Troup High teacher heads to harvard
LaGRANGE — Earlier this month, the Troup Community Foundation gifted one teacher a grant to attend Harvard this summer. That teacher, Troup High’s Michelle Ashmore, will spend one week in the Project Zero Classroom on the historic campus.
Ashmore said she filled out the application for the Project Zero Classroom program the very night she found out about it.
“I said yes to the opportunity before anything else,” she said. “As I started looking through the project it just grabbed me because I pride myself in being the type of teacher who does things differently to elevate the level of what I expect out of my students.”
During the weeklong stay at Harvard, Ashmore will examine the shifting terrain of education to be responsive to complex social developments and to create learning experiences that are engaging and exciting for learners according to the professional education program overview.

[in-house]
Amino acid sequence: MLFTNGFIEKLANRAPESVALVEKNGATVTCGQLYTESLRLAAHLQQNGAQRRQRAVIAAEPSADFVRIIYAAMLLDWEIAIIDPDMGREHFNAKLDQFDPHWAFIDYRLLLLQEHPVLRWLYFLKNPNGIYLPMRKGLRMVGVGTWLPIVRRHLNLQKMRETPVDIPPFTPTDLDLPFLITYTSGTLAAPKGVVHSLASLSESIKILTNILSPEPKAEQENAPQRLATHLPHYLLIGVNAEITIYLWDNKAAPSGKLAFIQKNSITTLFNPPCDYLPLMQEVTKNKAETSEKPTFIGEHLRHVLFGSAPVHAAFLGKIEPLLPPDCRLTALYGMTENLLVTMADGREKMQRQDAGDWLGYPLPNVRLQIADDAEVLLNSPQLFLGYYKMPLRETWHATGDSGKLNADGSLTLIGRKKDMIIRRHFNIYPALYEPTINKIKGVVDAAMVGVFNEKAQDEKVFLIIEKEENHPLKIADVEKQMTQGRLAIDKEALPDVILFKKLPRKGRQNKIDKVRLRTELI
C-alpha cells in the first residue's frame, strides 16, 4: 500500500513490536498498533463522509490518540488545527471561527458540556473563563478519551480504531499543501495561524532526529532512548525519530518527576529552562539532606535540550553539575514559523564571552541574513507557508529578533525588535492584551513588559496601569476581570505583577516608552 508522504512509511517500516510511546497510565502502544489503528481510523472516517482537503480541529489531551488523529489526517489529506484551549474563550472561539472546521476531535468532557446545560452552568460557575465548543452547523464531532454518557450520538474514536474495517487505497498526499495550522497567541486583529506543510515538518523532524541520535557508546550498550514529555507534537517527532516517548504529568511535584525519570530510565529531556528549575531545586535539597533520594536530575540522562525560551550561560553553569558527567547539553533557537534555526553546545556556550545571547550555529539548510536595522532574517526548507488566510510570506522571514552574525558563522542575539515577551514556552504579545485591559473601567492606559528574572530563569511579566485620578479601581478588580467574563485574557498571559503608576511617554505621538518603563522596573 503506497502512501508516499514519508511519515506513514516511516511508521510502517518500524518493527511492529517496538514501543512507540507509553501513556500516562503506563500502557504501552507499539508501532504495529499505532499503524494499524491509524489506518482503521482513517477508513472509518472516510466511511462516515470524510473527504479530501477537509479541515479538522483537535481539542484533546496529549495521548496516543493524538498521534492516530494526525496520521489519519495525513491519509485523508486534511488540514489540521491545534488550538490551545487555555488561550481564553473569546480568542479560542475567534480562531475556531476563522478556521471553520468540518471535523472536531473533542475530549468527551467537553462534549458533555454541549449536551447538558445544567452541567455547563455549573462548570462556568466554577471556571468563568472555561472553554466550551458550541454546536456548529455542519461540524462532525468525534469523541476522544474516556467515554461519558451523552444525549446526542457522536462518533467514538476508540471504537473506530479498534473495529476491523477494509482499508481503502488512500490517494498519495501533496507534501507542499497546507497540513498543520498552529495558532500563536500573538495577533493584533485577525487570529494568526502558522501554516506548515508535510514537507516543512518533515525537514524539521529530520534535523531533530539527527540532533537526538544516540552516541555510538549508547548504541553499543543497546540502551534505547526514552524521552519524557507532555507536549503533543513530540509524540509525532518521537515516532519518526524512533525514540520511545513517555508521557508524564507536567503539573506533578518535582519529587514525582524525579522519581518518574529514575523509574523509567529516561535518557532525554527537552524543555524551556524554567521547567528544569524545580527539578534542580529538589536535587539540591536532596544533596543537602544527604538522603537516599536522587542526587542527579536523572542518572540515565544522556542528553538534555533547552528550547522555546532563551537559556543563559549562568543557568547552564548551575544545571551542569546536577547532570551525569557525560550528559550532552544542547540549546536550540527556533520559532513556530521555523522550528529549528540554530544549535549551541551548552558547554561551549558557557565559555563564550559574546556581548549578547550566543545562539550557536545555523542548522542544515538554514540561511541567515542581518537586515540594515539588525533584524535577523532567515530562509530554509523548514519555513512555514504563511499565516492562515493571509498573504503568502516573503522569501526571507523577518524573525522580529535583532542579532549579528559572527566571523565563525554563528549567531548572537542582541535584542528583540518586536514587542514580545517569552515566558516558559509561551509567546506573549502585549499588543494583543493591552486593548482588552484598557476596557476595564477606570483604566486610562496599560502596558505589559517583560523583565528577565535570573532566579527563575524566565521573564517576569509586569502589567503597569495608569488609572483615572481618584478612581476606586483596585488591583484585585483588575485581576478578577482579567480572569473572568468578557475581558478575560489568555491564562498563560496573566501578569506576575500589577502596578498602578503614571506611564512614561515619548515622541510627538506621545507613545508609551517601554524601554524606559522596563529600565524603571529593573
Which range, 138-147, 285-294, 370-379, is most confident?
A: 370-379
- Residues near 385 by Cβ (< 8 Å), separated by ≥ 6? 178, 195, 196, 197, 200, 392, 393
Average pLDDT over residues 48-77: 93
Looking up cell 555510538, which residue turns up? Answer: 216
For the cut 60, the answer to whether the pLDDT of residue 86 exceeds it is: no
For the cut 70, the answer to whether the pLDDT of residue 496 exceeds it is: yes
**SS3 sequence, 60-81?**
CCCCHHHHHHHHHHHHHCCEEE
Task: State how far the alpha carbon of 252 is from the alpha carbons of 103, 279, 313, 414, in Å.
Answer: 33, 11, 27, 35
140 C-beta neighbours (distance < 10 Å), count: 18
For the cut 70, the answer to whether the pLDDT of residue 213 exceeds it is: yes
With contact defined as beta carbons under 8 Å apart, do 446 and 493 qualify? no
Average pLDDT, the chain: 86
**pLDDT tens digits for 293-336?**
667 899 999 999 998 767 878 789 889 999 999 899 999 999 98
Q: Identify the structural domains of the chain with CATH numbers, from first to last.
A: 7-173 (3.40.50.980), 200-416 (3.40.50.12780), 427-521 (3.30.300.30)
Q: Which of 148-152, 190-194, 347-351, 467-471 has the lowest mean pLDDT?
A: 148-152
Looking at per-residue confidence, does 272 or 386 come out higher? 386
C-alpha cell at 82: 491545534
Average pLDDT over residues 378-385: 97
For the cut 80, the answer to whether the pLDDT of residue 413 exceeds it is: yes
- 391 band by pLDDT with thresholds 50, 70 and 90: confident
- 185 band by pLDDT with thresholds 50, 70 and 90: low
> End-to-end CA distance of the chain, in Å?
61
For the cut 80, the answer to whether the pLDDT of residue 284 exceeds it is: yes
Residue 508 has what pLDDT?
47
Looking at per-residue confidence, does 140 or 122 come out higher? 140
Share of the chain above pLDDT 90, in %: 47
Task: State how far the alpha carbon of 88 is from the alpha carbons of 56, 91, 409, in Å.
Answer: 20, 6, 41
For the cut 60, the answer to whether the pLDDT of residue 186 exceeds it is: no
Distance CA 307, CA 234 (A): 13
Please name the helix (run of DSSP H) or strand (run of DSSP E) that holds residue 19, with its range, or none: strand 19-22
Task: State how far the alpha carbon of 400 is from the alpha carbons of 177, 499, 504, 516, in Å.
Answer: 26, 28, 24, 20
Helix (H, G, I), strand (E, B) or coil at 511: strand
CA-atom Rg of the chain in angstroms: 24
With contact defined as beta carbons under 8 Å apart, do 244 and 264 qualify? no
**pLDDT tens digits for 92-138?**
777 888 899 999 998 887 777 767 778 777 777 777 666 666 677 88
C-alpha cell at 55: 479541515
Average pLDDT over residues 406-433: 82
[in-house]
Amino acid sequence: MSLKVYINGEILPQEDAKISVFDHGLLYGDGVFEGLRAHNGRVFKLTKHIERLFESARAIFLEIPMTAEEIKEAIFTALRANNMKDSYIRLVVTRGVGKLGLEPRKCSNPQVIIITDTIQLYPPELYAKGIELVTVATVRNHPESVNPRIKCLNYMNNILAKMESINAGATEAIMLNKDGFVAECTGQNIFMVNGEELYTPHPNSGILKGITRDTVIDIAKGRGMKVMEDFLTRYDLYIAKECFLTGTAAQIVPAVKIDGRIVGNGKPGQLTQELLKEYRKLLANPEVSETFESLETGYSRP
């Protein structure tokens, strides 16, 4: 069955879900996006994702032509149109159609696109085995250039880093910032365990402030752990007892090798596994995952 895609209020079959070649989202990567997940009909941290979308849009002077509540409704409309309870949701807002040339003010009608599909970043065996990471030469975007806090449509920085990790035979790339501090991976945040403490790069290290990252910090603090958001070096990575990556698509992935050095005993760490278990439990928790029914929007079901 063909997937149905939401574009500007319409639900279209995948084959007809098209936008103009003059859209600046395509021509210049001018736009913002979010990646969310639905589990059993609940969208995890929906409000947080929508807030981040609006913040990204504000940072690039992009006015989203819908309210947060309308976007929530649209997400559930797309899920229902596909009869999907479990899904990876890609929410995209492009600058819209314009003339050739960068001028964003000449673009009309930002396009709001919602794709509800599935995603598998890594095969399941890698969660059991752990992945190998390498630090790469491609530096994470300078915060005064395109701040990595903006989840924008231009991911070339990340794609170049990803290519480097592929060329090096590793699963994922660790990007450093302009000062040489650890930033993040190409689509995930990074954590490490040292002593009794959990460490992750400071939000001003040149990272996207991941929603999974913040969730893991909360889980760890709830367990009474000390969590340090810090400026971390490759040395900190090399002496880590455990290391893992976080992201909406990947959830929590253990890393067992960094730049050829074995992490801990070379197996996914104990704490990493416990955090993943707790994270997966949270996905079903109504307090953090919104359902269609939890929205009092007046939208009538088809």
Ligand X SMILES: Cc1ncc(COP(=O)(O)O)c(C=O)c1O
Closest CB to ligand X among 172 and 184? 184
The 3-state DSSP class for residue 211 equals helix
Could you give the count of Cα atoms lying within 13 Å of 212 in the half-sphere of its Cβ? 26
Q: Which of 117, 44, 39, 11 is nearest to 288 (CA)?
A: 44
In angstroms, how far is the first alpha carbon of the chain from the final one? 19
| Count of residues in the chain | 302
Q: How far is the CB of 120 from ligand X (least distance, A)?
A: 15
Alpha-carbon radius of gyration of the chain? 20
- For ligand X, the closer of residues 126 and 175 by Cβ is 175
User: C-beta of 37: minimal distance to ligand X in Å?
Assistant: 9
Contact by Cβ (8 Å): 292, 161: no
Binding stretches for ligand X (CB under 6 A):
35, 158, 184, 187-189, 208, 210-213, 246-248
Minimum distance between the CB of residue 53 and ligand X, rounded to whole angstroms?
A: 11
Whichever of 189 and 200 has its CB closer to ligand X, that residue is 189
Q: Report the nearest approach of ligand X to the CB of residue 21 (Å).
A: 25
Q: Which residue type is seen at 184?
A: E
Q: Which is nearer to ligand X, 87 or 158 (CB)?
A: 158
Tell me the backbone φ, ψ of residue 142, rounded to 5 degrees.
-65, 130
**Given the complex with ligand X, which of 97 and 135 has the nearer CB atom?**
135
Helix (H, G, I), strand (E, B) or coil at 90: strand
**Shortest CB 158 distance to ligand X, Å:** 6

Ashmore, an advanced placement government and economics instructor, believes in hands-on learning.
“In my research, Project Zero epitomizes the belief that I have of showing students what they normally do in a traditional classroom and flips it upside down,” she said.
The Troup Community Foundation partnered with another foundation to offer this opportunity to a Troup County educator.
“We’ve supported the schools two times before,” said Chris Joseph, C.P.A. “We worked with the Chattahoochee Valley Community Foundation who sold us on the idea. They helped us make this happen and we want to see it grow in the future.”
Currently, Ashmore is the 2015-2016 Troup County Teacher of the Year. On Tuesday, she was named a State Teacher of the Year finalist. She coaches competition cheerleading and looks forward to running another half-marathon.